Charities might have to change radically, says chair of civil society inquiry

Julia Unwin, who chairs the Inquiry into the Future of Civil Society, tells a Charity Commission public meeting in York that social and technological challenges will lead to more fluid networks

Julia Unwin
Julia Unwin

Charities will have to consider radically changing the way they work to meet social and technological challenges over the next decade, according to Julia Unwin, chair of the independent Inquiry into the Future of Civil Society.

Speaking at a Charity Commission public meeting in York yesterday, Unwin said her inquiry, which will run for two years and will be launched next month, will focus on how the charity sector should respond to issues such as increasing job insecurity, the impact of new digital technology and a more divided and unequal society.

Unwin said she thought this would lead to a change in the way charities are structured and operate.

She said: "I think we will see more fluid networks. We will see, and are already beginning to see, new organisations that are not structured in the way that some of them are.

"I increasingly see new voluntary organisations that look very similar to ones I was involved with in the 1970s: mattresses in church halls, for example, because that’s the way to house homeless people immediately."

Unwin said that the wider erosion of public trust and confidence in authority was affecting charities, but this might not be a bad thing.

She said: "We can no longer assume that the words charity, or voluntary organisation or civil society afford immediate respect. I think that’s a very good thing: I think deference is a real problem, and it is important that people feel able to challenge us and question us."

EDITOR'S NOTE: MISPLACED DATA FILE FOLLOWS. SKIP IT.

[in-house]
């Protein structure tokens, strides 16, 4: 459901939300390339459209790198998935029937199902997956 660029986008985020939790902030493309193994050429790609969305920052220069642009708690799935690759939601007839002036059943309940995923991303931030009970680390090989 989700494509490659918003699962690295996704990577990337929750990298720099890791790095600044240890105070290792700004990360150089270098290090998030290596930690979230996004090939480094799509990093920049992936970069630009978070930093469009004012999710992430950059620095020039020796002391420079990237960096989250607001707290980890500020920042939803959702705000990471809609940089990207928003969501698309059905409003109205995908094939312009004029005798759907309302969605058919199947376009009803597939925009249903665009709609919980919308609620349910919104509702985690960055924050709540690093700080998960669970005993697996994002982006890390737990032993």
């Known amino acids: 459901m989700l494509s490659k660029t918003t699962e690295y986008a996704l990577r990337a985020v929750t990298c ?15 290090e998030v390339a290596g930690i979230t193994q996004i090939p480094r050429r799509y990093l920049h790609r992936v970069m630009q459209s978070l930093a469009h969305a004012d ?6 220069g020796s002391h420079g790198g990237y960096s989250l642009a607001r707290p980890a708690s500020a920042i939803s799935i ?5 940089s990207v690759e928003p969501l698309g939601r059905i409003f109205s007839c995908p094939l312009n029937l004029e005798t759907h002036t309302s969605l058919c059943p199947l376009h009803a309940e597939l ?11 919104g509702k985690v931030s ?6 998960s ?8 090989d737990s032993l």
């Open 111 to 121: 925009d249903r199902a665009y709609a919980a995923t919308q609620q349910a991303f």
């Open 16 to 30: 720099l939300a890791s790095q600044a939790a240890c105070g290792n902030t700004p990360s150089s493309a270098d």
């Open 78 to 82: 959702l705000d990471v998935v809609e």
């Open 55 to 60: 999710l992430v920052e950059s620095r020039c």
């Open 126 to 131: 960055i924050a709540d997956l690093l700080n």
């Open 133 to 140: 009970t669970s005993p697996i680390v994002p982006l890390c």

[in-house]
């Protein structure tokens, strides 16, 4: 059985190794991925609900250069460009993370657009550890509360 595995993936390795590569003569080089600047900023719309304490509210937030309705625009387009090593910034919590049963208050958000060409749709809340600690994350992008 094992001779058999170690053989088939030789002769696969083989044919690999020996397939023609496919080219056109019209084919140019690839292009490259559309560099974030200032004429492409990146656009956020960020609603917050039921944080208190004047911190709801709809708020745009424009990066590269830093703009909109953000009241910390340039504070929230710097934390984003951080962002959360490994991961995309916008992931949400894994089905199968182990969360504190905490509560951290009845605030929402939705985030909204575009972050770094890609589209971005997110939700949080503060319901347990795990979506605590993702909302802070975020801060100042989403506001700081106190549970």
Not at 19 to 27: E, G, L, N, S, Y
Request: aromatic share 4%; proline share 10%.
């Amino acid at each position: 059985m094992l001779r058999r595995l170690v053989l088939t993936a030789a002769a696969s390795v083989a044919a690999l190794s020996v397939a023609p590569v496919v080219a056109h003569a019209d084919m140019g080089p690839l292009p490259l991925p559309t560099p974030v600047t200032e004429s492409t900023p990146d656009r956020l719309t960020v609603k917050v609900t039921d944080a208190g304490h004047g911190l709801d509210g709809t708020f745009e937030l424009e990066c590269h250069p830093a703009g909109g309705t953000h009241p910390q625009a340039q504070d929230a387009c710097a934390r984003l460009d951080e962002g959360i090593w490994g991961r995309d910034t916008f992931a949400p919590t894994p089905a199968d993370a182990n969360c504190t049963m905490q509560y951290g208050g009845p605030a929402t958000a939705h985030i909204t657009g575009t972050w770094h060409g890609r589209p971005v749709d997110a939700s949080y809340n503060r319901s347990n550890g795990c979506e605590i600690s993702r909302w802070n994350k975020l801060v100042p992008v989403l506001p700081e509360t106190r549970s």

During a question-and-answer session, Unwin spoke about the way some commissioners and funders were favouring larger charities over their smaller counterparts.

"I don’t think small is necessarily good, just as I don’t think big is necessarily bad," she said. "I think we will be judged by what we do and what difference we make.

"I do think there is a lazy approach from some national funders: that it is easier to fund big national organisations because you recognise them and it feels safer. I think as a sector we need to challenge that and the way decisions are made."

Her comments come after the Lords Select Committee on Charities published a report last week that said the commissioning landscape was "skewed against smaller charities".

Unwin was asked for her thoughts on whether there was a lack of diversity in the charity sector. She said the range of people working in the sector needed to be better reflected in leadership roles.

She said: "I think diversity is one of the major issues our sector faces, but not because of who is involved in our sector – I think that is as diverse and as welcoming as you can imagine. What matters is who represents and who is seen to be representing."

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